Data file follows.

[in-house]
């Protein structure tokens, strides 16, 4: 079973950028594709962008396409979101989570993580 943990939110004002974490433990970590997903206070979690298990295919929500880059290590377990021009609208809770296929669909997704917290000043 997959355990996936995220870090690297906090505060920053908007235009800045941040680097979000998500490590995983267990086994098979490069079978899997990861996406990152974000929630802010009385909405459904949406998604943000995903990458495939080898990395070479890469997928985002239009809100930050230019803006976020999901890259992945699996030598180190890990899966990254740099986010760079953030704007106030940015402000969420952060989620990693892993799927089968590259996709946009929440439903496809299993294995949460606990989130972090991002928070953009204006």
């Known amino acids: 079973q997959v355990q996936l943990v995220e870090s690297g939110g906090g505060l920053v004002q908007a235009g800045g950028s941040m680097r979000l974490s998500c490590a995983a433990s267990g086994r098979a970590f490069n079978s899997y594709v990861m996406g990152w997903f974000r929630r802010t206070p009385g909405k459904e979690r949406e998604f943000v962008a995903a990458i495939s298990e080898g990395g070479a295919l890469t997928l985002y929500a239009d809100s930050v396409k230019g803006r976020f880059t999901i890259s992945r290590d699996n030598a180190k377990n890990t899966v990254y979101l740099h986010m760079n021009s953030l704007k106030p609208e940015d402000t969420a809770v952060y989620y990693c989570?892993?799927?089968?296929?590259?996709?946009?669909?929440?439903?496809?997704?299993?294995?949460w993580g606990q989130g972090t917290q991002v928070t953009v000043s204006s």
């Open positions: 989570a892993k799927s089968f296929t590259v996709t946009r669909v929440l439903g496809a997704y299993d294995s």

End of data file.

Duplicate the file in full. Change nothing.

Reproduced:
[in-house]
């Protein structure tokens, strides 16, 4: 079973950028594709962008396409979101989570993580 943990939110004002974490433990970590997903206070979690298990295919929500880059290590377990021009609208809770296929669909997704917290000043 997959355990996936995220870090690297906090505060920053908007235009800045941040680097979000998500490590995983267990086994098979490069079978899997990861996406990152974000929630802010009385909405459904949406998604943000995903990458495939080898990395070479890469997928985002239009809100930050230019803006976020999901890259992945699996030598180190890990899966990254740099986010760079953030704007106030940015402000969420952060989620990693892993799927089968590259996709946009929440439903496809299993294995949460606990989130972090991002928070953009204006």
């Known amino acids: 079973q997959v355990q996936l943990v995220e870090s690297g939110g906090g505060l920053v004002q908007a235009g800045g950028s941040m680097r979000l974490s998500c490590a995983a433990s267990g086994r098979a970590f490069n079978s899997y594709v990861m996406g990152w997903f974000r929630r802010t206070p009385g909405k459904e979690r949406e998604f943000v962008a995903a990458i495939s298990e080898g990395g070479a295919l890469t997928l985002y929500a239009d809100s930050v396409k230019g803006r976020f880059t999901i890259s992945r290590d699996n030598a180190k377990n890990t899966v990254y979101l740099h986010m760079n021009s953030l704007k106030p609208e940015d402000t969420a809770v952060y989620y990693c989570?892993?799927?089968?296929?590259?996709?946009?669909?929440?439903?496809?997704?299993?294995?949460w993580g606990q989130g972090t917290q991002v928070t953009v000043s204006s």
């Open positions: 989570a892993k799927s089968f296929t590259v996709t946009r669909v929440l439903g496809a997704y299993d294995s």